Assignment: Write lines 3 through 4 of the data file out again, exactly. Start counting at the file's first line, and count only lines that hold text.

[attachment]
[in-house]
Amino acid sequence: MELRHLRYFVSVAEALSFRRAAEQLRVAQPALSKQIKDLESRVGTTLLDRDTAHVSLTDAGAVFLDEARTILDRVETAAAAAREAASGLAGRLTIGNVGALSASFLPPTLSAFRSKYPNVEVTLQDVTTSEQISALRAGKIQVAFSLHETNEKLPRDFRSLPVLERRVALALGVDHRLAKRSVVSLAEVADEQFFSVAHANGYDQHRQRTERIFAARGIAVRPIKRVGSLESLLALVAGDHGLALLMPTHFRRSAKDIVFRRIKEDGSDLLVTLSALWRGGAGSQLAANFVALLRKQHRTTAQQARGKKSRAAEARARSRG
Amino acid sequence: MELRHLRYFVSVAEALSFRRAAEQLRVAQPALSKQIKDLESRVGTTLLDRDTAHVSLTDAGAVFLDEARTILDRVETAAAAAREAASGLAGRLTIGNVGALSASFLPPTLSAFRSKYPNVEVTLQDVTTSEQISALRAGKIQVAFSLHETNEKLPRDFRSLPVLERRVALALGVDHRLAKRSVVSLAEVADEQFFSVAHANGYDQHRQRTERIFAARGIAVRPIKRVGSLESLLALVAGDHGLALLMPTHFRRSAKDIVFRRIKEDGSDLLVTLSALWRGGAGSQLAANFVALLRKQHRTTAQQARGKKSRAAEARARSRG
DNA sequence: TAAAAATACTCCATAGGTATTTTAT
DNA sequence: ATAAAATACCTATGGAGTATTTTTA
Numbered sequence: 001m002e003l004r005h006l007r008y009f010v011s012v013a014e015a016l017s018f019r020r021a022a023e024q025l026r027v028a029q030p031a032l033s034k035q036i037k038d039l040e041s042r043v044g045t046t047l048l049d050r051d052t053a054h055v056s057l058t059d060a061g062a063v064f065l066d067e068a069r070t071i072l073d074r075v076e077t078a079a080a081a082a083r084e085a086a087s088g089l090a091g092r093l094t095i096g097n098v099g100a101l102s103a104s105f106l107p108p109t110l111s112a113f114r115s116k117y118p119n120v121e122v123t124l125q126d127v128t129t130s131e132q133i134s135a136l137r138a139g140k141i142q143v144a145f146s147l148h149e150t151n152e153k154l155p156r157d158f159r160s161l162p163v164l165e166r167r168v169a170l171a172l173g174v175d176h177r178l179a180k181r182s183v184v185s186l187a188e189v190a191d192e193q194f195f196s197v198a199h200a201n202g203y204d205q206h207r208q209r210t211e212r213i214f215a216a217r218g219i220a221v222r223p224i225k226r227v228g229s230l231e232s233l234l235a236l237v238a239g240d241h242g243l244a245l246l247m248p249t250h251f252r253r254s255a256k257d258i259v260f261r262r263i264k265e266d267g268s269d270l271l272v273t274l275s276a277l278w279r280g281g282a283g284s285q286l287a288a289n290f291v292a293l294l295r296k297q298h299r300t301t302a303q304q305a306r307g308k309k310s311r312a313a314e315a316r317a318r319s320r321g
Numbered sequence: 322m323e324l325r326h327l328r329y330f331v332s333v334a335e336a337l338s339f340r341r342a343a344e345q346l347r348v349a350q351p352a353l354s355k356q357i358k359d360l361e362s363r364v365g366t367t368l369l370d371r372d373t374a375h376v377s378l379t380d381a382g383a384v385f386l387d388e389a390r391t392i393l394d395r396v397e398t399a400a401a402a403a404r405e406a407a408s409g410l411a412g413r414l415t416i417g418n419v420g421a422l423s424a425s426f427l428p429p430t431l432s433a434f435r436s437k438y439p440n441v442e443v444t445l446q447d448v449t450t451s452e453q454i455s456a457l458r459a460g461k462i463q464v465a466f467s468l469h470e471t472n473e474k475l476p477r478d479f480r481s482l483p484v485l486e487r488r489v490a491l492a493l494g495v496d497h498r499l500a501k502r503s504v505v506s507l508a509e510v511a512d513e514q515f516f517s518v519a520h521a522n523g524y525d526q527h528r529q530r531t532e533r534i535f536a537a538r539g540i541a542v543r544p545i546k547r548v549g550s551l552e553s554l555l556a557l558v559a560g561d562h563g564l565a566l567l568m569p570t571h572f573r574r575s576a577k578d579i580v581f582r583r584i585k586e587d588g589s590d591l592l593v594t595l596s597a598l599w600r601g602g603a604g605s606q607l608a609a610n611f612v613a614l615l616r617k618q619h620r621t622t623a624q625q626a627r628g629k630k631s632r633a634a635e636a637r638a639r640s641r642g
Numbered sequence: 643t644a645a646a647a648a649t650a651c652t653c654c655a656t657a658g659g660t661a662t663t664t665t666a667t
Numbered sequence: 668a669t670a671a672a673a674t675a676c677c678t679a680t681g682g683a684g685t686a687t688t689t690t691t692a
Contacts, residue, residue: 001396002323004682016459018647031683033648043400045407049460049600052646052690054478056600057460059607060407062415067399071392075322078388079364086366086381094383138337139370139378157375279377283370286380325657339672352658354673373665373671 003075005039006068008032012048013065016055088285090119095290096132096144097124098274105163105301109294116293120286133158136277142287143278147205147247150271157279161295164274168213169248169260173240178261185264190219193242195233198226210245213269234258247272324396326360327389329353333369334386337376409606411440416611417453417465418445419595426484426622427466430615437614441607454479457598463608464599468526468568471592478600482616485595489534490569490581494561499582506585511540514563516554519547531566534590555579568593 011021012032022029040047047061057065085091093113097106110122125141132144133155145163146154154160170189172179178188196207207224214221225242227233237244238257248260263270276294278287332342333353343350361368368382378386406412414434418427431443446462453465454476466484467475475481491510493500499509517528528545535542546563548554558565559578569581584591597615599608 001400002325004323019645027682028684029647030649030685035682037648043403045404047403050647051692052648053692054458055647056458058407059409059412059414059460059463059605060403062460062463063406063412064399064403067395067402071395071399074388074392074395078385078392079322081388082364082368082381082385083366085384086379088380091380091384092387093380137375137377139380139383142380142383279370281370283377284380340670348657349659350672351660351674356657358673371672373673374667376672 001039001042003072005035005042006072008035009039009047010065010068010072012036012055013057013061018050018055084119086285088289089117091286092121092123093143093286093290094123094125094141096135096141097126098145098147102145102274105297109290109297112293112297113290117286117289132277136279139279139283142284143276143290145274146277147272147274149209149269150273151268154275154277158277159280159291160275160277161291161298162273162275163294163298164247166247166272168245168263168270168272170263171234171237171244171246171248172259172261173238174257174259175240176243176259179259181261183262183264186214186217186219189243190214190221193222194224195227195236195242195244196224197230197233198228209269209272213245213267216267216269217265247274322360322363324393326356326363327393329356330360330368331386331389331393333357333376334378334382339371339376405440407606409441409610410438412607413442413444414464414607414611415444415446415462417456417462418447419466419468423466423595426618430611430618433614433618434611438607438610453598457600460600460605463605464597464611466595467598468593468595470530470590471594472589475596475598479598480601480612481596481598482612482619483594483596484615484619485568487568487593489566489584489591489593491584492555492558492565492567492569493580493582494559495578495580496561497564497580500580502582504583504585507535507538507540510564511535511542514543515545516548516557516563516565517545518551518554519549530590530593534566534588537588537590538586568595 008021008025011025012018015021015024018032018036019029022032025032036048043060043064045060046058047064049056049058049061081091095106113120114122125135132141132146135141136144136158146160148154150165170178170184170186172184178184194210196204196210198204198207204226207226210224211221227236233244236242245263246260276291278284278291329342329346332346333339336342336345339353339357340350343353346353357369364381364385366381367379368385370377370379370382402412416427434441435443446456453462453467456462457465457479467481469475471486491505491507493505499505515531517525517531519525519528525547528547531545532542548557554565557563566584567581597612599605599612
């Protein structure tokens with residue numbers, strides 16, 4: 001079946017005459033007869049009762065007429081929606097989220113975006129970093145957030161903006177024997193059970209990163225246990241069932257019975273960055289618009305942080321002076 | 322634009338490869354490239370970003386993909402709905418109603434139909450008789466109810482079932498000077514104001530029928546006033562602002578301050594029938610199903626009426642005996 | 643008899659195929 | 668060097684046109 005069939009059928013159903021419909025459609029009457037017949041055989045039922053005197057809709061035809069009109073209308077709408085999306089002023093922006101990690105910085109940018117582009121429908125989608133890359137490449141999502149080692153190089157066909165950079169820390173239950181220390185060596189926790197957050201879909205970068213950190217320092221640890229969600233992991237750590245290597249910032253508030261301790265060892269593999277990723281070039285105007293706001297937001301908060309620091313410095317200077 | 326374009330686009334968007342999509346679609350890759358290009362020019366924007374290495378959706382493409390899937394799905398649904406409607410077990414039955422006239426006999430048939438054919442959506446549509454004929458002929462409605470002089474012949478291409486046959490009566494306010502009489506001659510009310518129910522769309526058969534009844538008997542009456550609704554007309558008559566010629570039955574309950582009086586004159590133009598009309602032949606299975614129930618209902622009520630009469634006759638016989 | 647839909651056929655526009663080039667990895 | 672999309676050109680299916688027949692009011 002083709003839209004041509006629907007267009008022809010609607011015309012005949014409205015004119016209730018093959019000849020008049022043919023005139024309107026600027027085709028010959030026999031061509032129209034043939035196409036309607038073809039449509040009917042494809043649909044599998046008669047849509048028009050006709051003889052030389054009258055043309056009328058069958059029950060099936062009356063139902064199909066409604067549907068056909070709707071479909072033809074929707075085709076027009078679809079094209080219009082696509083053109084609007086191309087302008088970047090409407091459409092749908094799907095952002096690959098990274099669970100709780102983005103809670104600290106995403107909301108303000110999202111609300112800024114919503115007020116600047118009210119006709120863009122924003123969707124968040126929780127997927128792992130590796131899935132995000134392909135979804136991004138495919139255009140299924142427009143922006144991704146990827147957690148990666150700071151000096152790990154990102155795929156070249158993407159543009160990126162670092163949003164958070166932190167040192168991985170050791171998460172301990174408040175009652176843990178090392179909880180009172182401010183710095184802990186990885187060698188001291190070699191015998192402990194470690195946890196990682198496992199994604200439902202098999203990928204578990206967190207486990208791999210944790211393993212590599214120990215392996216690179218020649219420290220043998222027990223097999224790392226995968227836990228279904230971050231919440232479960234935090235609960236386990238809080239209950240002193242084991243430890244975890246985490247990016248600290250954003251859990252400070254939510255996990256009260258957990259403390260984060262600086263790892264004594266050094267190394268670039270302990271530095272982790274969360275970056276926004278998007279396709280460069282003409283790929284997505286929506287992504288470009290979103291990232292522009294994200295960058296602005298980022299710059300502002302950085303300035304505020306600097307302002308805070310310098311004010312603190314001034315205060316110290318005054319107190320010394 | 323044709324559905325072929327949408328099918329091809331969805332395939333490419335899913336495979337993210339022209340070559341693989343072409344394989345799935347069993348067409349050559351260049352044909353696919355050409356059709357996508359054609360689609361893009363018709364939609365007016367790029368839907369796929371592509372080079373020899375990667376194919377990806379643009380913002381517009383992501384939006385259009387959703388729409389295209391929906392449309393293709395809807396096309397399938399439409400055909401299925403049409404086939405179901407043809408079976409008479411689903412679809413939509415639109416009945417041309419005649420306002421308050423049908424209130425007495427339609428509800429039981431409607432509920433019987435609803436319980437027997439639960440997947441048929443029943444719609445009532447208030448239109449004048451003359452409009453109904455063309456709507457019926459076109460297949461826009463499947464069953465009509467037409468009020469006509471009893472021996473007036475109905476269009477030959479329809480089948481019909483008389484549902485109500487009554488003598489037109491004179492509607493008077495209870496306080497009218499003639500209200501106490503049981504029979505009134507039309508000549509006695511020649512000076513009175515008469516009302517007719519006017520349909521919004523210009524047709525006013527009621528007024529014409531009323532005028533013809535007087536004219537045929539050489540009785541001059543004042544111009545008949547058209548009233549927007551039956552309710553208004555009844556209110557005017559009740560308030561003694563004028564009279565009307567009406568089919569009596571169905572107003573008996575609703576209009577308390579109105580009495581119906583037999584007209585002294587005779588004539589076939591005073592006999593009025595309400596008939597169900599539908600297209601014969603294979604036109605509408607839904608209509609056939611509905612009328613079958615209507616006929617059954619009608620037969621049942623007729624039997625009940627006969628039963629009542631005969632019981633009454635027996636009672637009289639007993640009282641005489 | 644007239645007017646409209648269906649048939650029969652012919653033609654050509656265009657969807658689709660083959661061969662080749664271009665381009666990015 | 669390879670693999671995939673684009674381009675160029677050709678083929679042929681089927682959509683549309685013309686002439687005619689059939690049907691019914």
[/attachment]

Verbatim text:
Amino acid sequence: MELRHLRYFVSVAEALSFRRAAEQLRVAQPALSKQIKDLESRVGTTLLDRDTAHVSLTDAGAVFLDEARTILDRVETAAAAAREAASGLAGRLTIGNVGALSASFLPPTLSAFRSKYPNVEVTLQDVTTSEQISALRAGKIQVAFSLHETNEKLPRDFRSLPVLERRVALALGVDHRLAKRSVVSLAEVADEQFFSVAHANGYDQHRQRTERIFAARGIAVRPIKRVGSLESLLALVAGDHGLALLMPTHFRRSAKDIVFRRIKEDGSDLLVTLSALWRGGAGSQLAANFVALLRKQHRTTAQQARGKKSRAAEARARSRG
DNA sequence: TAAAAATACTCCATAGGTATTTTAT